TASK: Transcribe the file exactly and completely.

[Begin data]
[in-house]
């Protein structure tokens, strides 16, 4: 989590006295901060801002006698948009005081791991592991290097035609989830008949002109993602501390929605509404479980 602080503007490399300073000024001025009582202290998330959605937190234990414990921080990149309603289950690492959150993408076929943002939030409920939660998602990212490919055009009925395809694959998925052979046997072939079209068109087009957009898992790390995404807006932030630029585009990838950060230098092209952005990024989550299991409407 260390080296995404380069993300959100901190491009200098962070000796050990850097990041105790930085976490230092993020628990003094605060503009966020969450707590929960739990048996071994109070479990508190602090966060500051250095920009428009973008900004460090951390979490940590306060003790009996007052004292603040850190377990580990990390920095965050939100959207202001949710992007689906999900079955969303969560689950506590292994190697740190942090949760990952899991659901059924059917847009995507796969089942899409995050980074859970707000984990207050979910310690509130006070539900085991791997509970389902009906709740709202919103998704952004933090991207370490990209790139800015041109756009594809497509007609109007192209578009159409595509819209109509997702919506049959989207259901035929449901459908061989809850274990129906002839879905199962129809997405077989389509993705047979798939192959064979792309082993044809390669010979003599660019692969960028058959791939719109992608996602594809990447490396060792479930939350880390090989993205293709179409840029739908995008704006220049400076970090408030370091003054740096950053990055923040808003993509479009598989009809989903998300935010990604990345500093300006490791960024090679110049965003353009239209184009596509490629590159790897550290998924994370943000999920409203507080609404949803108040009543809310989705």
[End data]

[in-house]
């Protein structure tokens, strides 16, 4: 989590006295901060801002006698948009005081791991592991290097035609989830008949002109993602501390929605509404479980 602080503007490399300073000024001025009582202290998330959605937190234990414990921080990149309603289950690492959150993408076929943002939030409920939660998602990212490919055009009925395809694959998925052979046997072939079209068109087009957009898992790390995404807006932030630029585009990838950060230098092209952005990024989550299991409407 260390080296995404380069993300959100901190491009200098962070000796050990850097990041105790930085976490230092993020628990003094605060503009966020969450707590929960739990048996071994109070479990508190602090966060500051250095920009428009973008900004460090951390979490940590306060003790009996007052004292603040850190377990580990990390920095965050939100959207202001949710992007689906999900079955969303969560689950506590292994190697740190942090949760990952899991659901059924059917847009995507796969089942899409995050980074859970707000984990207050979910310690509130006070539900085991791997509970389902009906709740709202919103998704952004933090991207370490990209790139800015041109756009594809497509007609109007192209578009159409595509819209109509997702919506049959989207259901035929449901459908061989809850274990129906002839879905199962129809997405077989389509993705047979798939192959064979792309082993044809390669010979003599660019692969960028058959791939719109992608996602594809990447490396060792479930939350880390090989993205293709179409840029739908995008704006220049400076970090408030370091003054740096950053990055923040808003993509479009598989009809989903998300935010990604990345500093300006490791960024090679110049965003353009239209184009596509490629590159790897550290998924994370943000999920409203507080609404949803108040009543809310989705």